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Foam rolling is a relatively recent fitness trend, but one that’s been a long time coming and we’re ready to welcome it with open arms — but, you definitely need to know how to foam roll properly if you want to get the most benefits out of it.
Foam rolling can help with muscle soreness, muscle imbalance, flexibility and even injury prevention. If you’ve seen foam rollers in the store or at the gym, you already know that they differ hugely. Therefore, finding the right foam roller for your needs is the first step to foam rolling success.
1. Find the Right Foam Roller for You
If you like to take your gym on the road and travel a lot, you might want to get a more compact, short roll. If you don’t quite care about that as much and want to get a high-quality roll with lots of stability, go long. Or, if you want to get in there and get knots or lactic acid out, try a firmer roll with ridges.
2. Make Sure You’re Rolling Enough
Then, make sure you’re rolling enough when you do so. If you’re not feeling the results you want, you might simply not be rolling for a long enough period. For the best results, you will want to spend at least a minute on each area of your body, with more time if you have a particularly sore spot. The ideal total for your overall body is about 15 minutes.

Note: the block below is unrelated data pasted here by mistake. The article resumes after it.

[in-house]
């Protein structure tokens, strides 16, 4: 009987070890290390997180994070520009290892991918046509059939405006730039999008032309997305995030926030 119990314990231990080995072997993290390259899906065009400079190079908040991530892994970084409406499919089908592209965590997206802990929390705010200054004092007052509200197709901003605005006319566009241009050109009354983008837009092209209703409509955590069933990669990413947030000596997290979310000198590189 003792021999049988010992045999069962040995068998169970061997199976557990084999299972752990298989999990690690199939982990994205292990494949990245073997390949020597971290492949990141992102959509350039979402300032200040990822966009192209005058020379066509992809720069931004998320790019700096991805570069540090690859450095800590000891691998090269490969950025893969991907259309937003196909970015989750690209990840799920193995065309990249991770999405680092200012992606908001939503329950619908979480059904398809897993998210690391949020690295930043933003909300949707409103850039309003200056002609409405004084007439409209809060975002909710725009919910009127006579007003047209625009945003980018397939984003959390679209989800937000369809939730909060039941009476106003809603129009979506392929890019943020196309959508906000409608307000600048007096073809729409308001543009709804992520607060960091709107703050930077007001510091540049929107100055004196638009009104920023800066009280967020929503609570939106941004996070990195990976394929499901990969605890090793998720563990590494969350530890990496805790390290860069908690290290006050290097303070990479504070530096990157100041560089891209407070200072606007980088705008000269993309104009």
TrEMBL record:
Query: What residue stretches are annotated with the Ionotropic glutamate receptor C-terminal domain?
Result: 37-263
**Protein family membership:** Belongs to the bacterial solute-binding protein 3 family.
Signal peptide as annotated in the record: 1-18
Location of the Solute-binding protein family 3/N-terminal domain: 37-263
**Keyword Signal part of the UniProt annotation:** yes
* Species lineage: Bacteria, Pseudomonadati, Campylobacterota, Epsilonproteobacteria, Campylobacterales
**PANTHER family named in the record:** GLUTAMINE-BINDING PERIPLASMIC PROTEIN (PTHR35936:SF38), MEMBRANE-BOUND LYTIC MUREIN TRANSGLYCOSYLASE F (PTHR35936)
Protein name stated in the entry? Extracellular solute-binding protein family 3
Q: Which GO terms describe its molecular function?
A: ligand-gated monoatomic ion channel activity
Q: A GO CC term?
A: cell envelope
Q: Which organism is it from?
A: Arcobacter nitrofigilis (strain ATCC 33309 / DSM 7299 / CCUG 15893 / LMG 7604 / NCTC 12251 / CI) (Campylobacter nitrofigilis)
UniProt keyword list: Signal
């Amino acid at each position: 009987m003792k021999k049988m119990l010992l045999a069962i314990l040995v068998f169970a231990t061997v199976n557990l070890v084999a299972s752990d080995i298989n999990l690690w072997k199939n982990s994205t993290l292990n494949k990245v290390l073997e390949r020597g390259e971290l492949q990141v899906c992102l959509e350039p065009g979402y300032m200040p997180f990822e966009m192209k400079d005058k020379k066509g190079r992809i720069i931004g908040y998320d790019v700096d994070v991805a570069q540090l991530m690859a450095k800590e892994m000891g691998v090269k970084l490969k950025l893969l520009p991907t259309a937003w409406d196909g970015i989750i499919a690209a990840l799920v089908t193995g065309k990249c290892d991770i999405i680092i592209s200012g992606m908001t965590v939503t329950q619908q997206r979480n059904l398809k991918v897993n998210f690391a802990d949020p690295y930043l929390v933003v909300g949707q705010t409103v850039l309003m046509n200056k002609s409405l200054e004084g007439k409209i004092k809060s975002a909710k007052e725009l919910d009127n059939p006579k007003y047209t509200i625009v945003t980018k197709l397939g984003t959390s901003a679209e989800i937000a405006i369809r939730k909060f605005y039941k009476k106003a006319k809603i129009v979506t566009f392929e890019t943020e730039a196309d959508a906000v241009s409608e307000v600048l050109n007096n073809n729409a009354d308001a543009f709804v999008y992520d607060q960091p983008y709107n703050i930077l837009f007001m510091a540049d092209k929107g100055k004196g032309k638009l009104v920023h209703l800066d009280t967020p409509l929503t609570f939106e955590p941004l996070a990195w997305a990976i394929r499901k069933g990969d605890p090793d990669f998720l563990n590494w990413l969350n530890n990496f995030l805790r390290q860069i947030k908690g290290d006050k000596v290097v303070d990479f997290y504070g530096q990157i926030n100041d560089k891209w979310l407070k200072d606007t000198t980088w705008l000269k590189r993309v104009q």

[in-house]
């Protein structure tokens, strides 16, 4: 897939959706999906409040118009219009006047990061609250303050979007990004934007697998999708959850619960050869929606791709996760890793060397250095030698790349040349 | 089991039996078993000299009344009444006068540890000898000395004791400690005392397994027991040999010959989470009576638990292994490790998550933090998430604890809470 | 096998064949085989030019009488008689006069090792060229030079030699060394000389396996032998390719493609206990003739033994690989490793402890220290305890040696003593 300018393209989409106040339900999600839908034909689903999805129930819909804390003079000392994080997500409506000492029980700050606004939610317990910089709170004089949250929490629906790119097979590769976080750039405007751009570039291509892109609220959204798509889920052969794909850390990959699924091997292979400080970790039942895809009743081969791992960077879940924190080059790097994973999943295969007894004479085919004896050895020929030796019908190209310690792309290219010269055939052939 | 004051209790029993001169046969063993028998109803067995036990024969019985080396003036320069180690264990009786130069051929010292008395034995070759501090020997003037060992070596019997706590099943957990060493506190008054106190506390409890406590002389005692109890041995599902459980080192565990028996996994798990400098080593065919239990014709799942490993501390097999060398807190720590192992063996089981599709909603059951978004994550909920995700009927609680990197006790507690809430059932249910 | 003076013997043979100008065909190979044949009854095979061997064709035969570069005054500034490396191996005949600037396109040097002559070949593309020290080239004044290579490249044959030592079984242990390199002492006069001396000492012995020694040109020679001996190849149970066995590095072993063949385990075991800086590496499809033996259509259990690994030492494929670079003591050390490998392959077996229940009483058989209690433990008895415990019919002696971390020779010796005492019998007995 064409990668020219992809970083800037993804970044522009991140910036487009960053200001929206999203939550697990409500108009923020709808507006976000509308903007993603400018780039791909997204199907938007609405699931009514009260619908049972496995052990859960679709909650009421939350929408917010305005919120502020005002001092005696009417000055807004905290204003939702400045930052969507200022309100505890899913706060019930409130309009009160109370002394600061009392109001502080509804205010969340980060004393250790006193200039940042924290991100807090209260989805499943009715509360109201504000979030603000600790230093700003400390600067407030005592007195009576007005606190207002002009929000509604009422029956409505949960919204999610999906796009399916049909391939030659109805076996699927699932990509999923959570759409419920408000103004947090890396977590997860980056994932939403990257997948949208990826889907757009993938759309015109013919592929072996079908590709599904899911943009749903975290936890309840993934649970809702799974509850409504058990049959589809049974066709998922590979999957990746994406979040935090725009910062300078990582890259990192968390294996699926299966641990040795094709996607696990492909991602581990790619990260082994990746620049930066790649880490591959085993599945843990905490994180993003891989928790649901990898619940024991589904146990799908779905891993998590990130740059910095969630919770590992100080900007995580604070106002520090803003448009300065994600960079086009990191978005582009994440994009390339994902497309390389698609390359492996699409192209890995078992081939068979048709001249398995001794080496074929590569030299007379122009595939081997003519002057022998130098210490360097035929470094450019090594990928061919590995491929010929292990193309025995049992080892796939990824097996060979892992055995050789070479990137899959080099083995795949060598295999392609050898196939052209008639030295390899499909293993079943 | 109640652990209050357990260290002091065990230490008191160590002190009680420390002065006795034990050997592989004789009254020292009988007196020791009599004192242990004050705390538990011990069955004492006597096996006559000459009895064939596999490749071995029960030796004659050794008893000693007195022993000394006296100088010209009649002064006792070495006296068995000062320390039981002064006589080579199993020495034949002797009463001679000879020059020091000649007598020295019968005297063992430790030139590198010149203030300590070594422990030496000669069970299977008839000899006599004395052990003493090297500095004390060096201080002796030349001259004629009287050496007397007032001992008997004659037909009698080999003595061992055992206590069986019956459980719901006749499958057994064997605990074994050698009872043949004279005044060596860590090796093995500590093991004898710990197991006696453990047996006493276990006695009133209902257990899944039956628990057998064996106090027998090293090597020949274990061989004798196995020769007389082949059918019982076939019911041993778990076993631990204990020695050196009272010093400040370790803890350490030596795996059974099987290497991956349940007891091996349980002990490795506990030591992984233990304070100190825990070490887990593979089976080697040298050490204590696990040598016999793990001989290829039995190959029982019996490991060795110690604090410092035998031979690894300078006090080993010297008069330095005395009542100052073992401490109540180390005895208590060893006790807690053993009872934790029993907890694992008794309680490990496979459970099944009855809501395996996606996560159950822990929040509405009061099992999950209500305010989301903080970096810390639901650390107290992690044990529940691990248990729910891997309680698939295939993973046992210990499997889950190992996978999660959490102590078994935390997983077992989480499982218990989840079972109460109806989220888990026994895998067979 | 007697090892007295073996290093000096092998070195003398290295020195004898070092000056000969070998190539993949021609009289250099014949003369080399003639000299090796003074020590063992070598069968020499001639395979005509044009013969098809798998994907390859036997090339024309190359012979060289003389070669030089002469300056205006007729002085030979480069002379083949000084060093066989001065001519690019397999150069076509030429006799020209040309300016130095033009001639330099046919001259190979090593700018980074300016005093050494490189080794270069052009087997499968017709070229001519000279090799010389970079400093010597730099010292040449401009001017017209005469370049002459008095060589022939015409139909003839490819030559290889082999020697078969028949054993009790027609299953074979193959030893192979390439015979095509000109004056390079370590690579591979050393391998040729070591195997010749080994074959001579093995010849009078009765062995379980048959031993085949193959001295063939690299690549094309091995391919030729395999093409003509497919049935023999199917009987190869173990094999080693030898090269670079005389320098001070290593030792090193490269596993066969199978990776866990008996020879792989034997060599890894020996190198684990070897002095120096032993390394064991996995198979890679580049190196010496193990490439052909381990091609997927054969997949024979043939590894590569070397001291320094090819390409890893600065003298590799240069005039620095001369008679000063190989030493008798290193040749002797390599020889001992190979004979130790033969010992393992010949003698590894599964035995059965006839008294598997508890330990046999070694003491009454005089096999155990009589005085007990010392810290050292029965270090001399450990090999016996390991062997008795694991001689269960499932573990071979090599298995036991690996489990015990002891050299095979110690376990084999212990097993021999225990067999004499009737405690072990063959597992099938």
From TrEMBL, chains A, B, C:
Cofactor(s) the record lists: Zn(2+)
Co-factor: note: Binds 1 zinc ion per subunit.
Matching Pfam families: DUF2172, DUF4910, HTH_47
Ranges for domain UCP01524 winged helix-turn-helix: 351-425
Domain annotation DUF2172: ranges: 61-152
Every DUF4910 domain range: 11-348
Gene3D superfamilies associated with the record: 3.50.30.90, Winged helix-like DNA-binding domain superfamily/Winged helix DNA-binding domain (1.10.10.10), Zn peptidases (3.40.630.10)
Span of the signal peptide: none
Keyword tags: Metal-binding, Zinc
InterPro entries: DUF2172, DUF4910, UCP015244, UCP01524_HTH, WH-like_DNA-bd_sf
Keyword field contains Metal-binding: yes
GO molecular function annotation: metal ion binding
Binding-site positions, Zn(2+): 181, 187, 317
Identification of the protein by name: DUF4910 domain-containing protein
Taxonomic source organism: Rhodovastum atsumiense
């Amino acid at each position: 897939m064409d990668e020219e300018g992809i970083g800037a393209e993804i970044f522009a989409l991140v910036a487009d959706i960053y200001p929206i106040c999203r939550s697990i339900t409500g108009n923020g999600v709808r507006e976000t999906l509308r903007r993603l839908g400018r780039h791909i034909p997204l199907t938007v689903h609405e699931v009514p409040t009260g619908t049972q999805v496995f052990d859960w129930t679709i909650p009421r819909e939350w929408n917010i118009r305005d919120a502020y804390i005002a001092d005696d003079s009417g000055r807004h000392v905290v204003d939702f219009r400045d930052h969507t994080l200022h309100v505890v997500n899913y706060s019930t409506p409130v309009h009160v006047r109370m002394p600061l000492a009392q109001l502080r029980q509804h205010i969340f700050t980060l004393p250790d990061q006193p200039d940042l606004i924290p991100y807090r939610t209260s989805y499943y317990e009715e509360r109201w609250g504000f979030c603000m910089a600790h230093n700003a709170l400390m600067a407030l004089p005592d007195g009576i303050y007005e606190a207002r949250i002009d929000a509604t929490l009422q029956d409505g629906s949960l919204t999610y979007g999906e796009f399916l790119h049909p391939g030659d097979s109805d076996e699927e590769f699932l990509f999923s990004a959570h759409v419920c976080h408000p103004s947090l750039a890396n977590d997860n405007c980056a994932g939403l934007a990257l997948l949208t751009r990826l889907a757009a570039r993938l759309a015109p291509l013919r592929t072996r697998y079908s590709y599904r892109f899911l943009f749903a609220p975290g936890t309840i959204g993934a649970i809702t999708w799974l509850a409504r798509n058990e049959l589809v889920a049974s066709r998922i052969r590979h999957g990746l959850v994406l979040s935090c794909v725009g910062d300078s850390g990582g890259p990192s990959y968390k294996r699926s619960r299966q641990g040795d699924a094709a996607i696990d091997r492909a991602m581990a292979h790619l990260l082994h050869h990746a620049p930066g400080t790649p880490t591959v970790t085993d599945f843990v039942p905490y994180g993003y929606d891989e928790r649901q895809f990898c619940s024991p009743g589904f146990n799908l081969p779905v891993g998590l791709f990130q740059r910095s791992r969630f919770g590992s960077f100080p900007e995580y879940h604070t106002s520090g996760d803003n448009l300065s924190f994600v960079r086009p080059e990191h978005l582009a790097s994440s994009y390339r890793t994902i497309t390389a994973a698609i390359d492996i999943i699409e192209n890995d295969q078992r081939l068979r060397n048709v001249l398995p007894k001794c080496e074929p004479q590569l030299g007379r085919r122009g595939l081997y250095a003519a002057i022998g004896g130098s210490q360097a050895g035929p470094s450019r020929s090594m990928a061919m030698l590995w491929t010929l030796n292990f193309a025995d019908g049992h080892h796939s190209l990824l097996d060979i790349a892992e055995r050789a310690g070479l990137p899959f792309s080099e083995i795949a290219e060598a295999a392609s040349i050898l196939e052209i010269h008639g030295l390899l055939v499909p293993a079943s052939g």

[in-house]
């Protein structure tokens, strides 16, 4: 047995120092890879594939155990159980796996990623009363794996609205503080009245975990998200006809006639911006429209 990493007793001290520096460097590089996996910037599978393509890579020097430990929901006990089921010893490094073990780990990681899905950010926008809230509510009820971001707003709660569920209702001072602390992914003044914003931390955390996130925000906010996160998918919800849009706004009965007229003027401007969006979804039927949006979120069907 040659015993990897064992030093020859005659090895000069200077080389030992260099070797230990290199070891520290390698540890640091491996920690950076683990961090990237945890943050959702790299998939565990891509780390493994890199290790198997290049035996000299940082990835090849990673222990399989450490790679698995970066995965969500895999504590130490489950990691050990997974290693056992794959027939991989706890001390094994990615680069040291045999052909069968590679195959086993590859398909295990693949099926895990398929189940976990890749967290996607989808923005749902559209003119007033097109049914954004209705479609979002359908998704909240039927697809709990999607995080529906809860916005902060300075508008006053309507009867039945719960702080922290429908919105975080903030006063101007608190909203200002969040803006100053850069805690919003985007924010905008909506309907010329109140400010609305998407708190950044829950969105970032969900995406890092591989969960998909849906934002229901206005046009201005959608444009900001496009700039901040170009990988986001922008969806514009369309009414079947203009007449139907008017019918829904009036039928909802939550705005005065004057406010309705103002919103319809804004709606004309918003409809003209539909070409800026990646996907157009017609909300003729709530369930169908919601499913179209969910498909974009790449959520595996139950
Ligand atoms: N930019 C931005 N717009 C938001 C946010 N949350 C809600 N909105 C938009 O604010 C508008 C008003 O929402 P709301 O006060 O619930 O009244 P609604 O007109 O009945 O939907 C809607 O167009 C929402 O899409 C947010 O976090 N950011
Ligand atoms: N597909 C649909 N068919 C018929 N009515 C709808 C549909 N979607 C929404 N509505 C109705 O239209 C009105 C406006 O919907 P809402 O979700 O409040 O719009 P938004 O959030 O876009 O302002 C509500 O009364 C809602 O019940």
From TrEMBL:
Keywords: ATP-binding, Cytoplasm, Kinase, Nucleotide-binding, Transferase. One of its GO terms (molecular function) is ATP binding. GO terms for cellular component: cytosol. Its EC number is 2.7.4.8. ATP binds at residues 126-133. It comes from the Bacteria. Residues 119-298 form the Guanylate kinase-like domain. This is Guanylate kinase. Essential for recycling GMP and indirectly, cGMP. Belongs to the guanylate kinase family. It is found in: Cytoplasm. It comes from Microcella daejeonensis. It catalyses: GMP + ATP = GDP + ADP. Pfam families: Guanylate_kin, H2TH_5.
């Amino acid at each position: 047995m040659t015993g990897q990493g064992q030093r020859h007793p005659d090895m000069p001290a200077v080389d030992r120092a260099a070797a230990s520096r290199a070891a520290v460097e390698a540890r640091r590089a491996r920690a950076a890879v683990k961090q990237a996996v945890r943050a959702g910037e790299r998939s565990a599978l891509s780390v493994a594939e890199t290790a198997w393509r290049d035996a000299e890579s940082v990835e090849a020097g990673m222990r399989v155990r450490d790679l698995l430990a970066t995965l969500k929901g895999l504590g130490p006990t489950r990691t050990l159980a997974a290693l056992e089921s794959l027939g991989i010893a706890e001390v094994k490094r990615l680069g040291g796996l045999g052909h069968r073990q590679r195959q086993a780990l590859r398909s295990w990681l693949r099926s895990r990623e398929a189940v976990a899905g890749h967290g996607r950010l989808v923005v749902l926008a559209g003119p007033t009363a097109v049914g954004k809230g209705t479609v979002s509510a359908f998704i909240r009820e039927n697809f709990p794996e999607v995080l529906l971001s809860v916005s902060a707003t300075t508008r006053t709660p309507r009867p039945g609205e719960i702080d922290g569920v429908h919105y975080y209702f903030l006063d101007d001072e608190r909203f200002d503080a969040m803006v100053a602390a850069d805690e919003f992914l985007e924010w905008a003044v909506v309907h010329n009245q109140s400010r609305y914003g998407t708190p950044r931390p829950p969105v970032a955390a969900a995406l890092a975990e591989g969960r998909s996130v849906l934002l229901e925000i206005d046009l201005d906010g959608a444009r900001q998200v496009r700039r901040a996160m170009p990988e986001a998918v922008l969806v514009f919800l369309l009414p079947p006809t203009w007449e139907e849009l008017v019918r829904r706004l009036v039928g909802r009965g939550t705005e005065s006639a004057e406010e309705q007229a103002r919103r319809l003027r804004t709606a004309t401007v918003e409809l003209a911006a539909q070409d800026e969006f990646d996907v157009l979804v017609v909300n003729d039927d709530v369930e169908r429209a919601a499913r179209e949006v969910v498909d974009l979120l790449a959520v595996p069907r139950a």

Likewise, don’t overdo it. Generally, more than a minute is not needed unless you have specific knots or soreness. If you ever feel tingling or similar sensations, you’ve been rolling a specific spot too long.
3. Make Sure You’re Rolling Everywhere
Take a check of everywhere you’re rolling. Are you hitting all the right spots? Make sure you’re getting your hips, thighs, sides, up and down your legs, glutes, back and more.
4. Make Sure You’re Using Enough Pressure
Pay attention to your body. It will tell you how much pressure to use. You won’t want to use the same amount of pressure for each part of your body. Start with a moderate amount of pressure and then lighten or increase as you feel necessary. Don’t shy away from any mild discomfort, as that may just mean the rolling is working. Similarly, keep pressure in mind when considering when you’re doing the rolling — you’ll want to use a lighter pressure if you’re rolling before a workout, and a harder pressure if you’re rolling after.
5. Don’t Roll the Wrong Areas
Lastly, there are a few body parts you don’t want to roll: your IT band, lower back, pubis area and neck. This can cause issues and be ineffective.
Want to be taught to foam roll by professional instructors? The 'How to Series' is coming to Melbourne Sports Centres - MSAC! Click here for more info.